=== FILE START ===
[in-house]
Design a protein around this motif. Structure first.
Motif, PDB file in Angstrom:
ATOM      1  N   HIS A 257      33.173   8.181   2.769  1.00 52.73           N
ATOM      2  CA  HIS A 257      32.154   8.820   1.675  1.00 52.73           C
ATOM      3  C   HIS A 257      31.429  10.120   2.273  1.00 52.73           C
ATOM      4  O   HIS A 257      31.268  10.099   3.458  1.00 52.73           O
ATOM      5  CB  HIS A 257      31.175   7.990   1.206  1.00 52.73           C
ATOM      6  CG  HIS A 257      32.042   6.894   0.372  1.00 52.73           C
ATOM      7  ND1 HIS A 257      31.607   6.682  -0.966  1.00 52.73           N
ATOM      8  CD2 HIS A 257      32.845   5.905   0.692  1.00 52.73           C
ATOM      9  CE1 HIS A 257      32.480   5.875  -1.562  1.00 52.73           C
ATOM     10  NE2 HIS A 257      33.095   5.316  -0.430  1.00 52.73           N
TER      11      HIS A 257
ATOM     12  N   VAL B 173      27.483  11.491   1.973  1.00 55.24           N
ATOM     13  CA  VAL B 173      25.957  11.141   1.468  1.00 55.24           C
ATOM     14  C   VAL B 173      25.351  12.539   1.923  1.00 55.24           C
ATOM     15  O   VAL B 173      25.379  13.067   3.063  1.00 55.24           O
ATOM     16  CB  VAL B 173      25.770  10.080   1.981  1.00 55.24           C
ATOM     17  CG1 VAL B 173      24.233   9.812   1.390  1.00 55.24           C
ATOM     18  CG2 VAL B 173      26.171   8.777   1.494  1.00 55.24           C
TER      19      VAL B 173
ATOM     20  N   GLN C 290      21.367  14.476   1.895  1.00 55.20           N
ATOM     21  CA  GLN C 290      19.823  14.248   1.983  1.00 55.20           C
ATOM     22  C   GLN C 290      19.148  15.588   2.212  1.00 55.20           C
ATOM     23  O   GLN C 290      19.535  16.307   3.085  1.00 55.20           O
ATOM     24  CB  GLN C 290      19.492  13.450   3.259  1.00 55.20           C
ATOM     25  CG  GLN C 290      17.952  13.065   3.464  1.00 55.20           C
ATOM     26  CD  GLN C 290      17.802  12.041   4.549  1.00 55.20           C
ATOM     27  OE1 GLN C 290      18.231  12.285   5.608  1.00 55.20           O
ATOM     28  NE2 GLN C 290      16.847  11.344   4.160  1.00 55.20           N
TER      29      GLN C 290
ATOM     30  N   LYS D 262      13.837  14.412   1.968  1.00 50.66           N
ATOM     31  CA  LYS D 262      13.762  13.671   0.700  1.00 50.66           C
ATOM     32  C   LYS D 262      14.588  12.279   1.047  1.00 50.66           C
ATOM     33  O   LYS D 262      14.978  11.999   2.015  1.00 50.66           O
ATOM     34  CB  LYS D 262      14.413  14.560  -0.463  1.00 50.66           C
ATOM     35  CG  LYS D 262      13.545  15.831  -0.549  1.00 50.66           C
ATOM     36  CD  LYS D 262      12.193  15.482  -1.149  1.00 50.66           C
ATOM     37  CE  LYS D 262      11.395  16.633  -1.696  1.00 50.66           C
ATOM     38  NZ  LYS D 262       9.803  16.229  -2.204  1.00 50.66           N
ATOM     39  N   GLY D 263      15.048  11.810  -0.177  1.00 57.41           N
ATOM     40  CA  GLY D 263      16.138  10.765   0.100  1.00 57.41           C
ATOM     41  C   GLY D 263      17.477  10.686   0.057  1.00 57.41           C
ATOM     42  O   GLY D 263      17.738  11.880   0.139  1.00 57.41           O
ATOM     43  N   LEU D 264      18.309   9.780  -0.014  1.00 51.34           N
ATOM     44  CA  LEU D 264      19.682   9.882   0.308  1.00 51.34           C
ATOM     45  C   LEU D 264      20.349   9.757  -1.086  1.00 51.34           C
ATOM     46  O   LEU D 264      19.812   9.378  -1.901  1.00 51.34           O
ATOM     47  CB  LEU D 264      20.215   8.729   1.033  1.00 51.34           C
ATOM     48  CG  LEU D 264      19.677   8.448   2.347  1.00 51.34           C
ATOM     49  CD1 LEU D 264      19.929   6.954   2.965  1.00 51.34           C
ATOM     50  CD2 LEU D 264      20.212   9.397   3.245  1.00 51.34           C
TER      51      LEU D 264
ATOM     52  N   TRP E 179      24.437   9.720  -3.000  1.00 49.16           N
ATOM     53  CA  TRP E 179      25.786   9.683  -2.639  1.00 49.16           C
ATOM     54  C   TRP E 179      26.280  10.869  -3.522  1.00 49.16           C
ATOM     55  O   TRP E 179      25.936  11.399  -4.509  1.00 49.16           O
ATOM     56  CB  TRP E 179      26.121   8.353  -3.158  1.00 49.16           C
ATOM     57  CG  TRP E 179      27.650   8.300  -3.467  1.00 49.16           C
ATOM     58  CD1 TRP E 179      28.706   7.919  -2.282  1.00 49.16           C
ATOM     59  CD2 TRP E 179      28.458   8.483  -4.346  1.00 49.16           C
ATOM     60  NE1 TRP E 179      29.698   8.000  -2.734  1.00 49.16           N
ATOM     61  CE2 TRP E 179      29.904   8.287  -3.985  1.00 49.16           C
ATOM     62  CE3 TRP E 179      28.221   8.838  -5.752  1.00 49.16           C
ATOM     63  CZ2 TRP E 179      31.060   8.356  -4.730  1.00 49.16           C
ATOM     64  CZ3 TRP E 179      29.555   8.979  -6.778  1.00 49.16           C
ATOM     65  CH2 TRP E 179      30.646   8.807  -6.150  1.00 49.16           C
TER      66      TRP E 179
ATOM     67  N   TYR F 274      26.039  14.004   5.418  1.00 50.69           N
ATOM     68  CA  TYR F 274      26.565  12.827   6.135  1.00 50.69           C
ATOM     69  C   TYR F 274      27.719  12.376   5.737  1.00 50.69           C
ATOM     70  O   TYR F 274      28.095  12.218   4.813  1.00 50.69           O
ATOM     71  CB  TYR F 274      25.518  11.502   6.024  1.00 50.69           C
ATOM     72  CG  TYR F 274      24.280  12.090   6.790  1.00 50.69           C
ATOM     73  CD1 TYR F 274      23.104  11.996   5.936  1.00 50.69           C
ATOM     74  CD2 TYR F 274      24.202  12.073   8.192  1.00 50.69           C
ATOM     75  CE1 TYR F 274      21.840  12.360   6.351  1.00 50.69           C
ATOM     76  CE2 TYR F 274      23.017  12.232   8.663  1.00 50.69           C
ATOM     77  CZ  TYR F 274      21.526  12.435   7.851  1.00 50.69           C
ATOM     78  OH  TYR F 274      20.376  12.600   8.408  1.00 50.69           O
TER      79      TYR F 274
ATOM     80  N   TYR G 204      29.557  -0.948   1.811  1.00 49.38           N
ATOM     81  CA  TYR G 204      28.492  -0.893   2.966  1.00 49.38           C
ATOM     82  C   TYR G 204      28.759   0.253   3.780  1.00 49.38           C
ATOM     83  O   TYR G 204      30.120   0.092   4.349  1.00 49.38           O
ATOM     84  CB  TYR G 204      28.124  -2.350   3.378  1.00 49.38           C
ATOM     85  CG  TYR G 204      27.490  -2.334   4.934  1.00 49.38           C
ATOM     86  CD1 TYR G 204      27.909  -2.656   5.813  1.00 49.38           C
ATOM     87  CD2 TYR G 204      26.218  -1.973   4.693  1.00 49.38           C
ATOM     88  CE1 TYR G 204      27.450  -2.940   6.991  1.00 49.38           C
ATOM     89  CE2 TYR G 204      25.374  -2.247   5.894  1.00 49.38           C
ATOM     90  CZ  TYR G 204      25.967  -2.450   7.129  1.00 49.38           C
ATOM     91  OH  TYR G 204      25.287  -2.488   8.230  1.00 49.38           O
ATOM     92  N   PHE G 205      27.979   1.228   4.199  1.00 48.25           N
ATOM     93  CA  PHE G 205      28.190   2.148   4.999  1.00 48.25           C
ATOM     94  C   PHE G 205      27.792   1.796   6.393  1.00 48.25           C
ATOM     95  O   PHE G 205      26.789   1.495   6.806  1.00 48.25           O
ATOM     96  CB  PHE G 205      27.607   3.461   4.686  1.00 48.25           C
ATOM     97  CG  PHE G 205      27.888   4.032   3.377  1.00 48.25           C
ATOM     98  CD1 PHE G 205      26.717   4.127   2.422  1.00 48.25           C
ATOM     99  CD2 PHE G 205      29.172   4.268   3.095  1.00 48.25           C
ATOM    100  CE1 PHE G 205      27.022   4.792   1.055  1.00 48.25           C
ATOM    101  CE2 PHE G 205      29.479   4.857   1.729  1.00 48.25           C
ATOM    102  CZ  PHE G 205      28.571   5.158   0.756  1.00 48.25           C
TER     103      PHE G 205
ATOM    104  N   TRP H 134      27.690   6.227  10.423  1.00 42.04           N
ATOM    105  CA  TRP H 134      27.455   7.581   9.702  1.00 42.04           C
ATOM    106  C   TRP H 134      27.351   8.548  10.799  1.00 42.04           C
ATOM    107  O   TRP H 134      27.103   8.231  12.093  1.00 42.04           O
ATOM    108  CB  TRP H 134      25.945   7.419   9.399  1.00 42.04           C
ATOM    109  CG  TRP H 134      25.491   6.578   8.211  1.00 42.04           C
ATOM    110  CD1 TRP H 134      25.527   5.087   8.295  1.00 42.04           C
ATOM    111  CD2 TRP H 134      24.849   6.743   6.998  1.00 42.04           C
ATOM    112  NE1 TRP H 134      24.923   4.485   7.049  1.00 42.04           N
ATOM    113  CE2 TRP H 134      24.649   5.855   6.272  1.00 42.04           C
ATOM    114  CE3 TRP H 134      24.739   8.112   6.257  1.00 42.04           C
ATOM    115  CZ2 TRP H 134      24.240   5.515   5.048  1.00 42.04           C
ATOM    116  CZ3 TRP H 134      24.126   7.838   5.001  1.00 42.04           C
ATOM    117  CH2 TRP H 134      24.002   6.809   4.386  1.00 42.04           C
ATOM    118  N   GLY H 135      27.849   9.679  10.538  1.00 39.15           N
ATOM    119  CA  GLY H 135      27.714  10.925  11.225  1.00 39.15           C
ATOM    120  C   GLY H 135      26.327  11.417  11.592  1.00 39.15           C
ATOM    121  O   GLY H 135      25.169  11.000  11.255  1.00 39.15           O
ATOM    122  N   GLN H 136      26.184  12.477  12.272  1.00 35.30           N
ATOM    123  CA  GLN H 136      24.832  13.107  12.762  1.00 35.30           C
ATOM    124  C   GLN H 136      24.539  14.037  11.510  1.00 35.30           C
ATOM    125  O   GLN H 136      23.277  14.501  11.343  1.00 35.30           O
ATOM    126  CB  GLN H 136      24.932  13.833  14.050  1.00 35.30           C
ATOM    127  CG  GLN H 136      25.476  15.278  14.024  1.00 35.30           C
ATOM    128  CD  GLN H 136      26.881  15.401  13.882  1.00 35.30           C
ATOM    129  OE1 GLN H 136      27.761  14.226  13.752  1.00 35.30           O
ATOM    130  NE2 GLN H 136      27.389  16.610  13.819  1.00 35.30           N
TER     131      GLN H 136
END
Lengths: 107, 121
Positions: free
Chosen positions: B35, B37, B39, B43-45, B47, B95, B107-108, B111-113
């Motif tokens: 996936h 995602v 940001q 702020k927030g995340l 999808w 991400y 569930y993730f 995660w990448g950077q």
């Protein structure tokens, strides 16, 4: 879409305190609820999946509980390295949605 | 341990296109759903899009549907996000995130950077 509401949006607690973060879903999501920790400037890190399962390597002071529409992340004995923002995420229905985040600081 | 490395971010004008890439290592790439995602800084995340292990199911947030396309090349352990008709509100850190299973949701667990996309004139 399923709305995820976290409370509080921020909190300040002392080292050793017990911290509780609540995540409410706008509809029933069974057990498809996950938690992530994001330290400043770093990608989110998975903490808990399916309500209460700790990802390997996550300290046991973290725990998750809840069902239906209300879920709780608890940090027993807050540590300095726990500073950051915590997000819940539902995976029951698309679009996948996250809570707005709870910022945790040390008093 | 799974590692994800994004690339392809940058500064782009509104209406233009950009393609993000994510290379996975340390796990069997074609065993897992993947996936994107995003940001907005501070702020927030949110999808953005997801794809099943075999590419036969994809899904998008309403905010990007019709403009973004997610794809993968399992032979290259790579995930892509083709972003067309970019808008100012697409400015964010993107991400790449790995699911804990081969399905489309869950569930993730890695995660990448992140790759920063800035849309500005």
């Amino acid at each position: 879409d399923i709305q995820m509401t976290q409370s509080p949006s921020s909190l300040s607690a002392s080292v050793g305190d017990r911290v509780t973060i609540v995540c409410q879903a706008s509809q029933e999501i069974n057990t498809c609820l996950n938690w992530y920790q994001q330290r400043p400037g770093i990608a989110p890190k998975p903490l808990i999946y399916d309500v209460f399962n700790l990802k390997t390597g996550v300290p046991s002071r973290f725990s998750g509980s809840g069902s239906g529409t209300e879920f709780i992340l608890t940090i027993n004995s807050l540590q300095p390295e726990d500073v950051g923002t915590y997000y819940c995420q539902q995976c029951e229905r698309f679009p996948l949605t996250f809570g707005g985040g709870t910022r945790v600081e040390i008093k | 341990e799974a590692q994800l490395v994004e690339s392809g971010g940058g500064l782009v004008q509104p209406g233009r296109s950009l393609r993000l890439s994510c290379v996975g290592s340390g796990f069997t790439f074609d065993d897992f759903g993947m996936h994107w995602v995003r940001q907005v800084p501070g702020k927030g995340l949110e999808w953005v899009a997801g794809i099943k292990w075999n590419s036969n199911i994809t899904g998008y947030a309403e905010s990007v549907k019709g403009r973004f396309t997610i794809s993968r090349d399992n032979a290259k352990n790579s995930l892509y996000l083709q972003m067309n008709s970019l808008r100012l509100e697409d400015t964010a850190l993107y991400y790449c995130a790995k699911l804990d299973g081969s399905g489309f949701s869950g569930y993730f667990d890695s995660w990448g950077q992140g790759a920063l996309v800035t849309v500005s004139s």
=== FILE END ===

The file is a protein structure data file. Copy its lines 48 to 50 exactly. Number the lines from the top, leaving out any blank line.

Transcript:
ATOM     45  C   LEU D 264      20.349   9.757  -1.086  1.00 51.34           C
ATOM     46  O   LEU D 264      19.812   9.378  -1.901  1.00 51.34           O
ATOM     47  CB  LEU D 264      20.215   8.729   1.033  1.00 51.34           C